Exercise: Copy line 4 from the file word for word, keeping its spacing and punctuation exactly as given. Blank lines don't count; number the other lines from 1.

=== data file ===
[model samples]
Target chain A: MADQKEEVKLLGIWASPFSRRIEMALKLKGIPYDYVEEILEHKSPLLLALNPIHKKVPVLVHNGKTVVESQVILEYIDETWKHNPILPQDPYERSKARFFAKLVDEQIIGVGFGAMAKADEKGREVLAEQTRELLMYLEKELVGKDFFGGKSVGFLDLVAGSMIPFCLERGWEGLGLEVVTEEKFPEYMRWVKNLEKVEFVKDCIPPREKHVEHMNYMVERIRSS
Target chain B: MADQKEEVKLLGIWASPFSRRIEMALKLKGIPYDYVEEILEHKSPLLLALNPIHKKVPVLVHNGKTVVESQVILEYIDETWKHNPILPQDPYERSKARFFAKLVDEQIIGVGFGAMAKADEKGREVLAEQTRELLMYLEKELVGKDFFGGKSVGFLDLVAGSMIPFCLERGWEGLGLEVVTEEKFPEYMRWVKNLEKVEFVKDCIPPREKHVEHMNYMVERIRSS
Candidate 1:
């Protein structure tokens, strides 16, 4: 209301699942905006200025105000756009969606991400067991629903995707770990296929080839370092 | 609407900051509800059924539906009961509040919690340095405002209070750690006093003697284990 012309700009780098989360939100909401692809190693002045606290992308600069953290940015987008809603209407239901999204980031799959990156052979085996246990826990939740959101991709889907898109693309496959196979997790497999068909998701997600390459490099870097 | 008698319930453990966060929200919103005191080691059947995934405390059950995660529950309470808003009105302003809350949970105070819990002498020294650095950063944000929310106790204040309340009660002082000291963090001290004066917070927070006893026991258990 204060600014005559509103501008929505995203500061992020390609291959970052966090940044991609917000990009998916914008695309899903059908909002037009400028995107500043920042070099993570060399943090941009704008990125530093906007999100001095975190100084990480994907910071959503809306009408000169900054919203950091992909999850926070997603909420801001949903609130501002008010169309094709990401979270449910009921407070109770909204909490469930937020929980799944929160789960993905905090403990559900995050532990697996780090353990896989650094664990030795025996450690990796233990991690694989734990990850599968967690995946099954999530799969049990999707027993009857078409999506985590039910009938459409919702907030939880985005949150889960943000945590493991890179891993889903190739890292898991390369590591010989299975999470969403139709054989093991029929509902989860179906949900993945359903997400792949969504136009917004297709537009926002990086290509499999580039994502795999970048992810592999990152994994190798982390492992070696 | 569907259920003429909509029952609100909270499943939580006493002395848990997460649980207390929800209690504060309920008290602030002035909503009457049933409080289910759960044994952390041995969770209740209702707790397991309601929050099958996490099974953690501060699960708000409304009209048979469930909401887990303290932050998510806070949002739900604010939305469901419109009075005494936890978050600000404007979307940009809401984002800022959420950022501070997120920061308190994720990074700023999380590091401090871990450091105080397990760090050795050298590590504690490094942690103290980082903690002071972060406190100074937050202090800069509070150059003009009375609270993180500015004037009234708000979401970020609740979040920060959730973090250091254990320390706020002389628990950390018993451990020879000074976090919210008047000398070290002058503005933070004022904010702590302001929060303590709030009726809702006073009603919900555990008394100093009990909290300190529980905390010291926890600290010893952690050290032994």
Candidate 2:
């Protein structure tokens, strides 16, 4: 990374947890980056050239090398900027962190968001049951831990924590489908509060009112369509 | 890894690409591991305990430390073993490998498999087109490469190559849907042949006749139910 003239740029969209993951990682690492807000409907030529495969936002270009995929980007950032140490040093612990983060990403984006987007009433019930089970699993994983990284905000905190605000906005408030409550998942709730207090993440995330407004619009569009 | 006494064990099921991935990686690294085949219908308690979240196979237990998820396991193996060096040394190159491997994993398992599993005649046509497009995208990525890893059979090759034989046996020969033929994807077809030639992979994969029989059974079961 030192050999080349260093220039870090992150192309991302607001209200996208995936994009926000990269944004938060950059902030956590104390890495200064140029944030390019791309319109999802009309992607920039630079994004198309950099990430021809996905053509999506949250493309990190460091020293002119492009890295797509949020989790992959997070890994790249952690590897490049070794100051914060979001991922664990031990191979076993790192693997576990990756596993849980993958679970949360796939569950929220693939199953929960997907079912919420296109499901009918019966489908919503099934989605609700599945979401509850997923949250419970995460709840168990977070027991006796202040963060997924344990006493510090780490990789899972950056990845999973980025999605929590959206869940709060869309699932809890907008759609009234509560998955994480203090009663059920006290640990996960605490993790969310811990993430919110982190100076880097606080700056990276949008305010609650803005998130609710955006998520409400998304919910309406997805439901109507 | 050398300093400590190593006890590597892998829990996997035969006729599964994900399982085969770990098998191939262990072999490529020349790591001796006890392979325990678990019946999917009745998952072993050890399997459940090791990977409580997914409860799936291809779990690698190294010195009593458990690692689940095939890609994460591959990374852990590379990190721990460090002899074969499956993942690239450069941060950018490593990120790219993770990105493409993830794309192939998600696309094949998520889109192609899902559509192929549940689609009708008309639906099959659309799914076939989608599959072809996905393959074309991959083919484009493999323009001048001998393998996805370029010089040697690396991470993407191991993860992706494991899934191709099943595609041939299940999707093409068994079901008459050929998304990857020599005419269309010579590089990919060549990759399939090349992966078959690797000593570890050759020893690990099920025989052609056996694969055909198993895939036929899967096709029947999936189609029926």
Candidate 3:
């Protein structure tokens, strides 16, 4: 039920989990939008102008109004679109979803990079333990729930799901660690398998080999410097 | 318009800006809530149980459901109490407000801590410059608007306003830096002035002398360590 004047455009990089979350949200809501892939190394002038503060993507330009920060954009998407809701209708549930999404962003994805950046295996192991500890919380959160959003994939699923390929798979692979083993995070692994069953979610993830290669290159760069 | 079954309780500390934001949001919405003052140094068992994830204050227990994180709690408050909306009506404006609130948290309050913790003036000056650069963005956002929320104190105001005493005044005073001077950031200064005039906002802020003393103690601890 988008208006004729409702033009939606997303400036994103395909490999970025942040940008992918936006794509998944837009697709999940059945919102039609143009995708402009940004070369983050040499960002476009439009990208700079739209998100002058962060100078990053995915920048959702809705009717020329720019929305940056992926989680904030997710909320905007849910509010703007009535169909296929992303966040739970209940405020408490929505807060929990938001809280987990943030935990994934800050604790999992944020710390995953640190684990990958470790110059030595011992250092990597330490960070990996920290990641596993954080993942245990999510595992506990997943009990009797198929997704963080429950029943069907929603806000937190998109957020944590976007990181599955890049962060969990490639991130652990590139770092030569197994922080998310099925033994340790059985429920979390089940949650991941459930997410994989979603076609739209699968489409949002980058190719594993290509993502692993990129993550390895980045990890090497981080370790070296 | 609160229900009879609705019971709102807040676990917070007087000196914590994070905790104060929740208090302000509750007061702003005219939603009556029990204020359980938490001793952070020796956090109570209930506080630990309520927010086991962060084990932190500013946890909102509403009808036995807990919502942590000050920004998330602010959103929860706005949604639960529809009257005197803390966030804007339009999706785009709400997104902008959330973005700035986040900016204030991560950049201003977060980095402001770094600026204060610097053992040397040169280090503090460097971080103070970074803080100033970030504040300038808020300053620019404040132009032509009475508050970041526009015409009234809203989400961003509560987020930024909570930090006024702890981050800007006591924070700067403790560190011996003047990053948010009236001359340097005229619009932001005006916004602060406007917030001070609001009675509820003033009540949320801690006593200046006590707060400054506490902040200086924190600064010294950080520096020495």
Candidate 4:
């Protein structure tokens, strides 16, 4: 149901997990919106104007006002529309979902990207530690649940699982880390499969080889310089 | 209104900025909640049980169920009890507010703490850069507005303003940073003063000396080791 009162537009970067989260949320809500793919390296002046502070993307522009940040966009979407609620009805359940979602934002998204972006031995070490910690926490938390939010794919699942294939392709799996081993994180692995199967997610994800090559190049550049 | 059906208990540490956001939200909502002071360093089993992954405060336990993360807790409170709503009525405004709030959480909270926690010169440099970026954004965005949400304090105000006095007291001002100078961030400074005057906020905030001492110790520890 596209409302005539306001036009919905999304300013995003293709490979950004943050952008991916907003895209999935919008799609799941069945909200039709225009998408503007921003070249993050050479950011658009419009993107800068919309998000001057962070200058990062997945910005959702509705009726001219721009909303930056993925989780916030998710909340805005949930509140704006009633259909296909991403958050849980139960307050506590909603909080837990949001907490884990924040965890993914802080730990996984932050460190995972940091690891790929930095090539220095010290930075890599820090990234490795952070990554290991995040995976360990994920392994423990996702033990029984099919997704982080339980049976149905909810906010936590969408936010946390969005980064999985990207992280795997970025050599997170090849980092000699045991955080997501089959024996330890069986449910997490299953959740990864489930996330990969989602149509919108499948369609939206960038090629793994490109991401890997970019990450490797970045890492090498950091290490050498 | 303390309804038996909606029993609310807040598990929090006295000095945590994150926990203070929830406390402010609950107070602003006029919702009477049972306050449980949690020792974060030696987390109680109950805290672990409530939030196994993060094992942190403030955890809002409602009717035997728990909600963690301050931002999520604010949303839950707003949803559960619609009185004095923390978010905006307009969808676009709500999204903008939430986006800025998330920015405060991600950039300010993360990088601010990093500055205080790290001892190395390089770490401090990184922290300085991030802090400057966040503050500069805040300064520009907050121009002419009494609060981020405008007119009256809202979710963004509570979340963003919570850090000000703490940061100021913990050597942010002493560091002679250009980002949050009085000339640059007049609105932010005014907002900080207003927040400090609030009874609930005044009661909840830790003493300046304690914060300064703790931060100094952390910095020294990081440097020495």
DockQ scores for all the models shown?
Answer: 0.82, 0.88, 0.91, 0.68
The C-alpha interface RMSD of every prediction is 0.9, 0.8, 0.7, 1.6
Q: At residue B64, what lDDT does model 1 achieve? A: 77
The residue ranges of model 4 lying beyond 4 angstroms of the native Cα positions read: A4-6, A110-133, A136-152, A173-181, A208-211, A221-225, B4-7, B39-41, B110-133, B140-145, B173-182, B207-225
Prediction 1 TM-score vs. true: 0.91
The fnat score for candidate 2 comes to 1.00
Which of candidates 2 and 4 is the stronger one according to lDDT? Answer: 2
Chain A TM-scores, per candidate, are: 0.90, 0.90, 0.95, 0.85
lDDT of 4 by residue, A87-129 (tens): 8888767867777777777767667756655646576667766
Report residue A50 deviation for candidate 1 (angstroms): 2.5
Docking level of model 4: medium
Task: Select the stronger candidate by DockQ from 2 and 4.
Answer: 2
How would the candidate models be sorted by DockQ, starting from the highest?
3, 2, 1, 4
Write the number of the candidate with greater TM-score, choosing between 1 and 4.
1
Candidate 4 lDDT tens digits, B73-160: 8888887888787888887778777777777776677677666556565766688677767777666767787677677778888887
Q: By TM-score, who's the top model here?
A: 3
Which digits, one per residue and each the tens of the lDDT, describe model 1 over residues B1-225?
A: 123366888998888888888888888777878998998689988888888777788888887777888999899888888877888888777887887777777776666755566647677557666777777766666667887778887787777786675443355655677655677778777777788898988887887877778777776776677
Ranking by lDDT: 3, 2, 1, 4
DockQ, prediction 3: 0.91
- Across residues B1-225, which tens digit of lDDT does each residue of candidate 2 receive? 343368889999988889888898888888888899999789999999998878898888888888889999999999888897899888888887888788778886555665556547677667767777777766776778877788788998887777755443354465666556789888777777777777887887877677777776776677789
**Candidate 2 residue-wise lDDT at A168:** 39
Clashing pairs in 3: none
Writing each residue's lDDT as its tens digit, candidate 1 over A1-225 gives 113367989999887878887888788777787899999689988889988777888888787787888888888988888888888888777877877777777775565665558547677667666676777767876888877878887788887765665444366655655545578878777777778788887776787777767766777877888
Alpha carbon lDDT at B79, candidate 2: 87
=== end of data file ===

Candidate 1: